My next project is to stop publishing anything on Facebook, Instagram, Twitter & Tumblr and spend all of 2013 updating friends via an email newsletter.
If you want updates from me during the year, please subscribe here and learn why below.
My ongoing goal is to create more than I consume. The ease of posting to social networks, gives me a false sense of accomplishing something meaningful. I want to spend more time thinking, creating & polishing stuff.
That’s not to say that it is impossible to publish meaningful content, for they are just the stage — the show you write, produce and broadcast is completely up to you. I just think it’s easy to get yanked into the short-witted drama of producing reality junkfood.
Take, for example, my photos of our 6 month trip across Europe. I started out the trip, with detailed observations and stories to accompany my photos. The last few months I fell back into the easy out… posting photos with no captions and leaving stories of bartering in Italian, free macaroons at Angelina’s, and our cross country train journey filled with mechanical failures.. all untold.
How can I set myself up with an experiment to encourage myself to produce less frequent, higher quality content?
By default, single-recipient emails do not encourage any specific behavior. In my inbox, there are one-liners from business contacts and essay-long life updates from friends.
But what about multi-recipient emails? If I had as many twitter followers subscribed to my email updates, would I publish a quick one-liner about something I overheard at the supermarket? Would I email a thousand people 3-4 times in a single day, each with a lone, caption-less photo?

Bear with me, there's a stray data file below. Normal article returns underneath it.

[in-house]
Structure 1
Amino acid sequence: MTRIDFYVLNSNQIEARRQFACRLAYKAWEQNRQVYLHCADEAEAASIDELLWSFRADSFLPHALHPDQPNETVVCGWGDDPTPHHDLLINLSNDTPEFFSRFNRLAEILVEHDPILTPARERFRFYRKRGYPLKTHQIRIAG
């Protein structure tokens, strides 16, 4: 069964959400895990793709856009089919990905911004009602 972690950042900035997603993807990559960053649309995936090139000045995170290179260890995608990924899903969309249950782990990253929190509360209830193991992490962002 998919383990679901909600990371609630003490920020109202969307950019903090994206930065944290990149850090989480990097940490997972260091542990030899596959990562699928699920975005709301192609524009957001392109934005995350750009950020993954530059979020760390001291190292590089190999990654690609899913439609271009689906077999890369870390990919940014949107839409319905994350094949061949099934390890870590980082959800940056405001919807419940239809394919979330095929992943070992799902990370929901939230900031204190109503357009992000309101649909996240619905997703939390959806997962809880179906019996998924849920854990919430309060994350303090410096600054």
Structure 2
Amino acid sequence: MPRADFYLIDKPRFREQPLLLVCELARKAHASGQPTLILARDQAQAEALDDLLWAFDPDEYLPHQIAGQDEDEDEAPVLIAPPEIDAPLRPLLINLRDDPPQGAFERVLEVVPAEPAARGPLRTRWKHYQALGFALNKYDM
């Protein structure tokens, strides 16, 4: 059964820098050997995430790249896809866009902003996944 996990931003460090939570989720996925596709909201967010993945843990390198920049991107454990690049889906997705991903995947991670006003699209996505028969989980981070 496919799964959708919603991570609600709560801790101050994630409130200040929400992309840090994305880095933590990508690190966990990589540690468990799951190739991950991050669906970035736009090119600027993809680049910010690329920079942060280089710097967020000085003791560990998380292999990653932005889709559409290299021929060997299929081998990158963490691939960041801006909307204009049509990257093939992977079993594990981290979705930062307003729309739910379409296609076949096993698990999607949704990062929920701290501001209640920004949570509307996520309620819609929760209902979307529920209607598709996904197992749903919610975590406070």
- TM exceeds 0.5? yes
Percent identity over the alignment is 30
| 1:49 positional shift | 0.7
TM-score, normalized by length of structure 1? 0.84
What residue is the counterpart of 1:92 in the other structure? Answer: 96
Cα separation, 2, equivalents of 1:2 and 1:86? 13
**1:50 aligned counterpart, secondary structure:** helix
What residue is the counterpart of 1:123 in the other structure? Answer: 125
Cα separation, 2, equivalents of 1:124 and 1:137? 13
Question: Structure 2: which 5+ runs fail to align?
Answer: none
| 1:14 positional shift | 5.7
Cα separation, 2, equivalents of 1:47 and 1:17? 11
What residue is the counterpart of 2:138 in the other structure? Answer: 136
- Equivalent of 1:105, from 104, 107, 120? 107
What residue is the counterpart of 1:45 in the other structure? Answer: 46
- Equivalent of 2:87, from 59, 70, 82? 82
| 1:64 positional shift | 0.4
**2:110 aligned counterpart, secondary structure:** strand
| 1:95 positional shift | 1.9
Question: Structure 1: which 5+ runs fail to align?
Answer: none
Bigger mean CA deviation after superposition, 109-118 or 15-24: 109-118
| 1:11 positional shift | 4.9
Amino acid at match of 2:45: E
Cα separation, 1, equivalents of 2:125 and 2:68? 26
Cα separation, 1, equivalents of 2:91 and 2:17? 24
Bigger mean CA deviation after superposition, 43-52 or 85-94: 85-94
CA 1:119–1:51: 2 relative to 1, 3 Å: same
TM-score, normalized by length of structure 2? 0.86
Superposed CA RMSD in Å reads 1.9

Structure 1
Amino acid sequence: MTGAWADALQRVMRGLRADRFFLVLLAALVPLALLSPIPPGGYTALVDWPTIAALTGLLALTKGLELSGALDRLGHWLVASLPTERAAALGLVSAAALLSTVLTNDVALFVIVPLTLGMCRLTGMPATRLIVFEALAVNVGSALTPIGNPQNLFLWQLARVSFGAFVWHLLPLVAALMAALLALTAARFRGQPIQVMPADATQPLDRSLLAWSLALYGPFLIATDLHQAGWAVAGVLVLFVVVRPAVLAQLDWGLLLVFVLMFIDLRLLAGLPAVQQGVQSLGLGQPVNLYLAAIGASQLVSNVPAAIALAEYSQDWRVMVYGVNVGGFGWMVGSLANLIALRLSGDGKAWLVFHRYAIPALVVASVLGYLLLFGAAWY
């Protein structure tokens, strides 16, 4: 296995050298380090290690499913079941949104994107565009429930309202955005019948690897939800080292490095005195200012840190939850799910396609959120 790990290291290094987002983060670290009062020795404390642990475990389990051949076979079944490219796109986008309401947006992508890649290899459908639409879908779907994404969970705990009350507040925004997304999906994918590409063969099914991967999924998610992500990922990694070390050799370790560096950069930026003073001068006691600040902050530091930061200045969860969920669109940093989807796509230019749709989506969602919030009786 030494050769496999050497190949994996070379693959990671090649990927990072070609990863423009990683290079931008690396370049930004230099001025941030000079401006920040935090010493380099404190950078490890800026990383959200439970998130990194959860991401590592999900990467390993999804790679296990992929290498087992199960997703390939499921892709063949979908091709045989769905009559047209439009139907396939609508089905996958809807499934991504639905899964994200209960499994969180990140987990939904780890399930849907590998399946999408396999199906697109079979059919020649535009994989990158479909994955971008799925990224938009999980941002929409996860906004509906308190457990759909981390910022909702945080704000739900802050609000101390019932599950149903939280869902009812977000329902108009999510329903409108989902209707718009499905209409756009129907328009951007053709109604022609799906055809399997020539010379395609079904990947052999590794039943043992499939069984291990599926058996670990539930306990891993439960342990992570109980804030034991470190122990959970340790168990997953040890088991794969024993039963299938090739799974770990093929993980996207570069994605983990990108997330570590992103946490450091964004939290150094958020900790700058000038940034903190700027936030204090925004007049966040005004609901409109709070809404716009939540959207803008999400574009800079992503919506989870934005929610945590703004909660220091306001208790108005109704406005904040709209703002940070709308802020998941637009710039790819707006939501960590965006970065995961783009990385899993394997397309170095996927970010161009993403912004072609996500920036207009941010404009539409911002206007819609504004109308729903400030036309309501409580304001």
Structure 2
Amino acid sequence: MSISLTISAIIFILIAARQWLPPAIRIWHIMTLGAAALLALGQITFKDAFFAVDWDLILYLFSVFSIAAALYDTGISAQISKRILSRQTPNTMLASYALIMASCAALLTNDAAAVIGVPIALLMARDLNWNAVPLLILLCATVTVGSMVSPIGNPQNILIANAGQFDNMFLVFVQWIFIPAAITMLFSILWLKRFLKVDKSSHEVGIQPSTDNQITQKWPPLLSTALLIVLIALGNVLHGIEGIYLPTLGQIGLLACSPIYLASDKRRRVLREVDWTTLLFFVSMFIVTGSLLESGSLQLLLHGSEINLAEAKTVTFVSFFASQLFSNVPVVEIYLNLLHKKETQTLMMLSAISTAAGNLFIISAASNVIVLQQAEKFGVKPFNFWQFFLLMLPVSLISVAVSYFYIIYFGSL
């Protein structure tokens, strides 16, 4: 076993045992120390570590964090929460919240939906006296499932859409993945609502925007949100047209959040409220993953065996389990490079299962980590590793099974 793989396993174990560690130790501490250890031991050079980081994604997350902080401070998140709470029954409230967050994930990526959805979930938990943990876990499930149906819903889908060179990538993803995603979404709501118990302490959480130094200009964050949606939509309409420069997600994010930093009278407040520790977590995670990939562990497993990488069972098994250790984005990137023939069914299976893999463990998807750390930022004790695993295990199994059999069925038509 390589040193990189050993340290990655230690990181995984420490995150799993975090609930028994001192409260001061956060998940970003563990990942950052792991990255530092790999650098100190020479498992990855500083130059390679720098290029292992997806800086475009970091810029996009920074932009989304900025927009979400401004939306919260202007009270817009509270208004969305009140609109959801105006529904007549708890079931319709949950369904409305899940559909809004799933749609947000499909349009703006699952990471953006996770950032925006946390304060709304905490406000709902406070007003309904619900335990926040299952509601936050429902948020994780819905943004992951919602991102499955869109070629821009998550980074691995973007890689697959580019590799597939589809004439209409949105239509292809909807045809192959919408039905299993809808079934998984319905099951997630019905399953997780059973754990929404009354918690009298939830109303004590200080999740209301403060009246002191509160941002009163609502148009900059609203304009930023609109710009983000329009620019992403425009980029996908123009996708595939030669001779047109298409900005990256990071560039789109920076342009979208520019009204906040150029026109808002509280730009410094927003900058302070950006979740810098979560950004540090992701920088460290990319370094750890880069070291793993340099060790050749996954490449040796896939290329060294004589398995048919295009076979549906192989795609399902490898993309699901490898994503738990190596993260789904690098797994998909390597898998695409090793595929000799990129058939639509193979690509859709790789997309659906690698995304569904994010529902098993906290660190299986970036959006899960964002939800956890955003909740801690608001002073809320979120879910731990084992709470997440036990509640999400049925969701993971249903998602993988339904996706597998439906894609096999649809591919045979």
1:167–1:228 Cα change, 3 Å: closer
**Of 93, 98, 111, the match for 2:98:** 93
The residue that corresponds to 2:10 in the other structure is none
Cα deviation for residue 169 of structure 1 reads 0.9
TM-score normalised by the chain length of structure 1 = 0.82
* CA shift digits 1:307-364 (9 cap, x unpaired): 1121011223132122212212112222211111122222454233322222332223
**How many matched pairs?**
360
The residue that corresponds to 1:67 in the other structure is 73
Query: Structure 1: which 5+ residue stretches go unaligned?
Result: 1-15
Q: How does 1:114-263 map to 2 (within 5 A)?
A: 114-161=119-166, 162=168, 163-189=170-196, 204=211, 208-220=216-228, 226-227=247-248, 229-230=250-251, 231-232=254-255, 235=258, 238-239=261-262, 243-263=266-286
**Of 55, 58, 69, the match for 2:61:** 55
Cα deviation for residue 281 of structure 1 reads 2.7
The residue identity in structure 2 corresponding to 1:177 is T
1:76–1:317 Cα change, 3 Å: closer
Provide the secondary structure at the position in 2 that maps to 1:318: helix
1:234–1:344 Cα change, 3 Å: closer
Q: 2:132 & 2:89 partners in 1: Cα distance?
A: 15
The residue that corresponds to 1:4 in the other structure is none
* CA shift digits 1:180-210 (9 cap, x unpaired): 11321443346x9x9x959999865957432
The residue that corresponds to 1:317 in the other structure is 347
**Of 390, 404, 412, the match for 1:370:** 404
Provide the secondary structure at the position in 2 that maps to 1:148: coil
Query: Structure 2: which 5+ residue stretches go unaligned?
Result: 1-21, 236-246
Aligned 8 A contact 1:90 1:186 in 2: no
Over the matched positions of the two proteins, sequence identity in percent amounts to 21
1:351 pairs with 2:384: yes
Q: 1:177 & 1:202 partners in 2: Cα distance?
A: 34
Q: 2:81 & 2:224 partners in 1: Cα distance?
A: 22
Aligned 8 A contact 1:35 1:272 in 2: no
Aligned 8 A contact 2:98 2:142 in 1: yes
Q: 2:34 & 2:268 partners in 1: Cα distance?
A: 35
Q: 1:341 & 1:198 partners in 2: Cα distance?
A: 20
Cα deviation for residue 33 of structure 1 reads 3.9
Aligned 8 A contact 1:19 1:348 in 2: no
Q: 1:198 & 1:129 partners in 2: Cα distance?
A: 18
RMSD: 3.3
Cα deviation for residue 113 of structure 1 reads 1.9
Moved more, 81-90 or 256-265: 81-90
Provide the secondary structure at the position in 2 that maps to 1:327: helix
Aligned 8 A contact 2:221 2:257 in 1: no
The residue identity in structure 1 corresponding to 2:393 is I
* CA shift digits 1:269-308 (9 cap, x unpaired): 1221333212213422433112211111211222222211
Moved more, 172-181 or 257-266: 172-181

I don’t think I would. I think I would choose carefully. So my next life experiment is to stop publishing anything on Facebook, Instagram, Twitter & Tumblr and spend all of 2013 updating friends and family over email.
Reading these things in my inbox, instead of wandering over to a blog, changes my relationship. Subscriptions are an interesting relic of a past commitment. “This inspires me, give me more!” as I enter my email address.
Emails don’t care how busy or lazy you are feeling — and they don’t wait for you. Each arrival calls you to action with a new opportunity to learn, delete or save. And that big reply box! It beckons you to interact with the author. I’ve been friends with Simon for 6 years now because I replied to one of his VeryShortList newsletters.
The idea of ditching social networks for a personal newsletter isn’t new; there’s a Gigaom article from 2010 about Sam Lessin doing the same thing. He even launched a service around it called Letter.ly. And shortly thereafter Michael Galpert and Dave Morin, entrepreneurs I love+respect, joined in.
Part of their experiment was to prove that information is more valuable if you pay for it (all 3 charged a subscription fee) but I do think they felt a similar struggle to produce something deeper as well.
Examining their own usage made setting up my own experiment more compelling. Both Michael and Dave abandoned their lists after sending just 5 messages in 2010. Even the founder himself, Sam Lessin sent out 9 in 2010, 1 in 2011 and 1 in 2012. Alternatively, if you look at any of their Facebook, Twitter, Tumblr, Instagram or Path accounts you can see hundreds, maybe thousands of updates over the past 3 years from them.
The sample size is tiny, but it makes me think that it’s difficult for the two to co-exist. How do you keep yourself motivated to create when you’ve already shared all your inspirations across tumbles, tweets and pics?
I’m running my newsletter on Mailchimp and plan on sending about one letter per week. Could be photos, life updates, app recommendations, an interview or something I made.
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